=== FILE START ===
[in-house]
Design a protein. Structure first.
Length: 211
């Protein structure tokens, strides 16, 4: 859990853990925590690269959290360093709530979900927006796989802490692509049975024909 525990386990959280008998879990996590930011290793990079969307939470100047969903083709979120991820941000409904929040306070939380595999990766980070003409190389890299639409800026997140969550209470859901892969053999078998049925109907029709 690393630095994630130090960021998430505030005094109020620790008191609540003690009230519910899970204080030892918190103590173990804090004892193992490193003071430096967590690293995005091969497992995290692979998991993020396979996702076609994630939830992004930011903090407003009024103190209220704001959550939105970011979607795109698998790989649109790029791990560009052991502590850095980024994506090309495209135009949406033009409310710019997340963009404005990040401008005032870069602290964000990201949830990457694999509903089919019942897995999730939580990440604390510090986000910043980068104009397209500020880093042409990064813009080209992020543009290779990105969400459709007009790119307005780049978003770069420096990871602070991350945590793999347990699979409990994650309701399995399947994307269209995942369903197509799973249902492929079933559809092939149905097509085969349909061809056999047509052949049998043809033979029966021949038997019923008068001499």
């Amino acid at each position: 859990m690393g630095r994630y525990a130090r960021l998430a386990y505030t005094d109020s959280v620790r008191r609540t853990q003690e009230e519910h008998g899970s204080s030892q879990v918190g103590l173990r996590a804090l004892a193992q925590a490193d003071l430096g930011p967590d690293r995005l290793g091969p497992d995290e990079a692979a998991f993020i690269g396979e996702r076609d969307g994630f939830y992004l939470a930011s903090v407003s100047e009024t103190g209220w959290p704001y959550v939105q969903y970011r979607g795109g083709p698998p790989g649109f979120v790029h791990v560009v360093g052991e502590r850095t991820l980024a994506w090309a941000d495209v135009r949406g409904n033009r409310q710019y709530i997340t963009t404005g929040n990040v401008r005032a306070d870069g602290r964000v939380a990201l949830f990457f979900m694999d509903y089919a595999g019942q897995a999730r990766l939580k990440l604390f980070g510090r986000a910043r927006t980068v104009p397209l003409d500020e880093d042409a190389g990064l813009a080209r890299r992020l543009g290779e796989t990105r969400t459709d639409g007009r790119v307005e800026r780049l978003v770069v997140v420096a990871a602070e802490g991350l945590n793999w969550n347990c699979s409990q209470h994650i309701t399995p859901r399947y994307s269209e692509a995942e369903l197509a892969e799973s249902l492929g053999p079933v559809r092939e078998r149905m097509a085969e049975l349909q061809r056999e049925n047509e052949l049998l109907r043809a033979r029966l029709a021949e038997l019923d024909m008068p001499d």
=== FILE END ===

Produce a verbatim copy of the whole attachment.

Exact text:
[in-house]
Design a protein. Structure first.
Length: 211
């Protein structure tokens, strides 16, 4: 859990853990925590690269959290360093709530979900927006796989802490692509049975024909 525990386990959280008998879990996590930011290793990079969307939470100047969903083709979120991820941000409904929040306070939380595999990766980070003409190389890299639409800026997140969550209470859901892969053999078998049925109907029709 690393630095994630130090960021998430505030005094109020620790008191609540003690009230519910899970204080030892918190103590173990804090004892193992490193003071430096967590690293995005091969497992995290692979998991993020396979996702076609994630939830992004930011903090407003009024103190209220704001959550939105970011979607795109698998790989649109790029791990560009052991502590850095980024994506090309495209135009949406033009409310710019997340963009404005990040401008005032870069602290964000990201949830990457694999509903089919019942897995999730939580990440604390510090986000910043980068104009397209500020880093042409990064813009080209992020543009290779990105969400459709007009790119307005780049978003770069420096990871602070991350945590793999347990699979409990994650309701399995399947994307269209995942369903197509799973249902492929079933559809092939149905097509085969349909061809056999047509052949049998043809033979029966021949038997019923008068001499």
């Amino acid at each position: 859990m690393g630095r994630y525990a130090r960021l998430a386990y505030t005094d109020s959280v620790r008191r609540t853990q003690e009230e519910h008998g899970s204080s030892q879990v918190g103590l173990r996590a804090l004892a193992q925590a490193d003071l430096g930011p967590d690293r995005l290793g091969p497992d995290e990079a692979a998991f993020i690269g396979e996702r076609d969307g994630f939830y992004l939470a930011s903090v407003s100047e009024t103190g209220w959290p704001y959550v939105q969903y970011r979607g795109g083709p698998p790989g649109f979120v790029h791990v560009v360093g052991e502590r850095t991820l980024a994506w090309a941000d495209v135009r949406g409904n033009r409310q710019y709530i997340t963009t404005g929040n990040v401008r005032a306070d870069g602290r964000v939380a990201l949830f990457f979900m694999d509903y089919a595999g019942q897995a999730r990766l939580k990440l604390f980070g510090r986000a910043r927006t980068v104009p397209l003409d500020e880093d042409a190389g990064l813009a080209r890299r992020l543009g290779e796989t990105r969400t459709d639409g007009r790119v307005e800026r780049l978003v770069v997140v420096a990871a602070e802490g991350l945590n793999w969550n347990c699979s409990q209470h994650i309701t399995p859901r399947y994307s269209e692509a995942e369903l197509a892969e799973s249902l492929g053999p079933v559809r092939e078998r149905m097509a085969e049975l349909q061809r056999e049925n047509e052949l049998l109907r043809a033979r029966l029709a021949e038997l019923d024909m008068p001499d």